Phasey bean gave 46 percent of its maximum yield in the absence of copper, and so is relatively insensitive to low copper status in the soil. Copper concentration in the plant was relatively high, being higher in the roots than in the tops (Andrew and Thorne, 1962). Santhirasegaram (1967) recorded 57 percent of the maximum yield in the absence of copper in a sandy soil in Sri Lanka. Copper deficiency in this species does not show specific symptoms. It causes reduced plant growth, with a slight change in colour of the younger portions of the plant from the natural mid-green or greyish-green, to pale green. Progressively, these portions become yellowish green and the younger, fully expanded leaves absciss. The leaf abscission is not preceded by interveinal chlorosis or any form of necrosis. Immediately prior to abscission, the leaves tended to fold down against the stem of the plant, the condition resembling partial wilting. In severe cases, after several leaves had dropped, the growing shoots became necrotic and the plant commenced axillary growth, which also became necrotic (Andrew, 1963).

Molybdenum:
‘t Mannetje, Shaw and Elich (1963) found that phasey bean responded to molybdenum and that the molybdenum had a residual effect in the soil for three to four years. Santhirasegaram (1967) also obtained a response to molybdenum on sandy soils in Sri Lanka.

Phosphorus:
Phasey bean gave 55 percent of its maximum yield at 250 kg./ ha superphosphate, with its maximum at 1 132 kg./ha. The critical percentage of phosphorus in the dry matter of the leaves was determined by Andrew and Robins (1969a) as 0.20 percent. Increasing phosphorus supply in the form of monocalcium phosphate increased the magnesium content but decreased the potassium content.

Potassium:
Santhirasegaram (1967) obtained 50 percent of the yield of phasey bean at first harvest and only 12 and 4 percent at the second and third harvest when potash was eliminated compared with the yields from a complete fertilizer mixture. Andrew and Robins (1969c) found the critical percentage for potassium in the dry matter of the tops to be 0.75 percent. It gave only 24 percent of its maximum yield in the absence of potash. Added potassium had little effect on the concentration of other cations. Andrew and Pieters (1970a) showed that deficiency symptoms commenced on lower leaves as a rust-coloured spotting on the upper surfaces of the leaflets. Individual spots were asymmetrical in shape and mostly interveinally placed toward the margins of the leaflets. In this phase, there were no signs of blemish or discoloration on the lower leaf surfaces, nor was there any associated chlorosis or necrosis. With increased severity, the rust-coloured areas became necrotic with light brownish-grey centres and dark brown peripheries. Necrosis was evident on both surfaces of the leaflet, but, in addition, the lower surface of the leaflet was sunken at the necrotic areas. Following this phase, there was a general marginal interveinal chlorosis of the lower leaves, but a halo of green tissue remained around the necrotic spots. Chlorosis intensified, followed by necrosis of the leaflet margin, particularly toward the distal end of the leaflets. Finally, severely affected leaflets abscissed, the central leaflet of each leaf falling before the lateral ones, resulting in an upright, single-stemmed plant, abscissed leaves in the lower portion, necrotic interveinally chlorotic leaves in the central portion, and an otherwise normal top portion with reduced growth rate. The authors found the healthy plant to have 1 g/100 g potash in the dry matter of the tops. In the deficient plant, the concentration was 0.57 g/100 kg.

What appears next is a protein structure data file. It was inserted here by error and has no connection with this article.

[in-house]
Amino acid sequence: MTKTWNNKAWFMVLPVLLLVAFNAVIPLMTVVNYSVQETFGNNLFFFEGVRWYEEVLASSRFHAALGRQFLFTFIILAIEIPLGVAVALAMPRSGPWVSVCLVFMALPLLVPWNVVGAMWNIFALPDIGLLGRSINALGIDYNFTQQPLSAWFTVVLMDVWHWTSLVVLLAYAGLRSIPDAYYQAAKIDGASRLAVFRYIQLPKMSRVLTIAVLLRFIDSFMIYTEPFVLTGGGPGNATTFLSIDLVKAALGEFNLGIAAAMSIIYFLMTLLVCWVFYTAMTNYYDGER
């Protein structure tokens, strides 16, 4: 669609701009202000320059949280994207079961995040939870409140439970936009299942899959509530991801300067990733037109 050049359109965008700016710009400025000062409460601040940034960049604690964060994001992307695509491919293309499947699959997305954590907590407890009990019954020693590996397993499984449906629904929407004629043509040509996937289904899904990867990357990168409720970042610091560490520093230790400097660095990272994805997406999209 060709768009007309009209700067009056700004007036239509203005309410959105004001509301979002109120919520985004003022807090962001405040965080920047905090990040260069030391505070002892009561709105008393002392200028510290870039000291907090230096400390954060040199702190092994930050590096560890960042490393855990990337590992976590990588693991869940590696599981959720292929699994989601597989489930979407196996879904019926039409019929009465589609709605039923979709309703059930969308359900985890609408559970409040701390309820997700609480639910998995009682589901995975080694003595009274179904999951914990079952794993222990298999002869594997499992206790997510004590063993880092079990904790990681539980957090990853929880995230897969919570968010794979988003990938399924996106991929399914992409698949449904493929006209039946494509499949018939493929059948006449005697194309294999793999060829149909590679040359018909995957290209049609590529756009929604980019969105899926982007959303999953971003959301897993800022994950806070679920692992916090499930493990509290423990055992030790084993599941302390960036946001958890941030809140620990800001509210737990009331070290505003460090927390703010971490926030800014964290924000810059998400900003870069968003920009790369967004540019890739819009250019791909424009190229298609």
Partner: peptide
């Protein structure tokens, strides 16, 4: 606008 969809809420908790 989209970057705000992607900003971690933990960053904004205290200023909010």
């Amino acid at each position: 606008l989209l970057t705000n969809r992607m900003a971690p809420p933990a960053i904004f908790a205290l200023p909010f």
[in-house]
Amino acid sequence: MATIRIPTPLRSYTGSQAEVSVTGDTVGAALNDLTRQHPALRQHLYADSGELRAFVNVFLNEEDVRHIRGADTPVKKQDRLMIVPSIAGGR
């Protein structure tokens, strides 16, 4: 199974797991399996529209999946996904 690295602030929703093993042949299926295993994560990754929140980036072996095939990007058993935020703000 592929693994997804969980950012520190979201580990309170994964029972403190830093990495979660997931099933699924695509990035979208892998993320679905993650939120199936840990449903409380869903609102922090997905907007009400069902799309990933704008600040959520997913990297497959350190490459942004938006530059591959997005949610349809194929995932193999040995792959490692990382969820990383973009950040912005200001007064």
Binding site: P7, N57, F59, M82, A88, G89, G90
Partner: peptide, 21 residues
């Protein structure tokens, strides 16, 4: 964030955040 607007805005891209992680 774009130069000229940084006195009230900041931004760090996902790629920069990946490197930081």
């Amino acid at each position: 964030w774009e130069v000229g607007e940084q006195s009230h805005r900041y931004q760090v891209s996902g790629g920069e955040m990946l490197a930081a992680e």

Sulphur:
Santhirasegaram (1967) recorded only 28 percent of the yield of phasey bean growing on sandy soils in Sri Lanka compared with the yields obtained from a complete fertilizer.

Zinc:
Russell (1966) found that the yields of phasey bean growing on a solodic soil in south-east Queensland were severely depressed by liming above pH 6.3 in the absence of zinc; the addition of zinc gave small yield increases.

Compatibility with grasses and other legumes
Compatible with Para grass (Brachiaria mutica) under swampy conditions; on well-drained land it grows well with Panicum maximum, Setaria anceps and Paspalum commersonii.

Tolerance to herbicides
No record.

Nitrogen-fixing ability
Paltridge (1955) analysed its effect on a companion grass, Paspalum commersonii, at Lawes, Queensland (lat. 27°30′S), growing in a heavy black clay soil. Grown as a sward, the legume increased the yield over grass plus 100 kg. N/ha by 77 percent. In terms of the total yield of nitrogen, Paltridge estimated that the inclusion of phasey bean into P. commersonii would be the equivalent of adding 800 kg./ha sulphate of ammonia.
Sen and Paul (1959) found that the nitrogen content of the soil after three years’ growth of phasey bean was the same in the first 30 cm of the profile and had increased 10 and 15 percent respectively in the 60- and 90-cm zone. No fertilizer data were given.ð

Response to defoliation
Paltridge (1955) found that-M. lathyroides did not persist with continuous grazing. Heavy grazing including woody parts severely reduces its vitality.

Grazing management
It should only be lightly grazed to encourage persistence. Only leaves and fruiting branches should be removed by the grazing animal. Paltridge (1955) found that it should be rested for six to eight weeks during the summer growing season, as it is selectively grazed early in the growing period. A light cultivation of the pasture helps annual regeneration.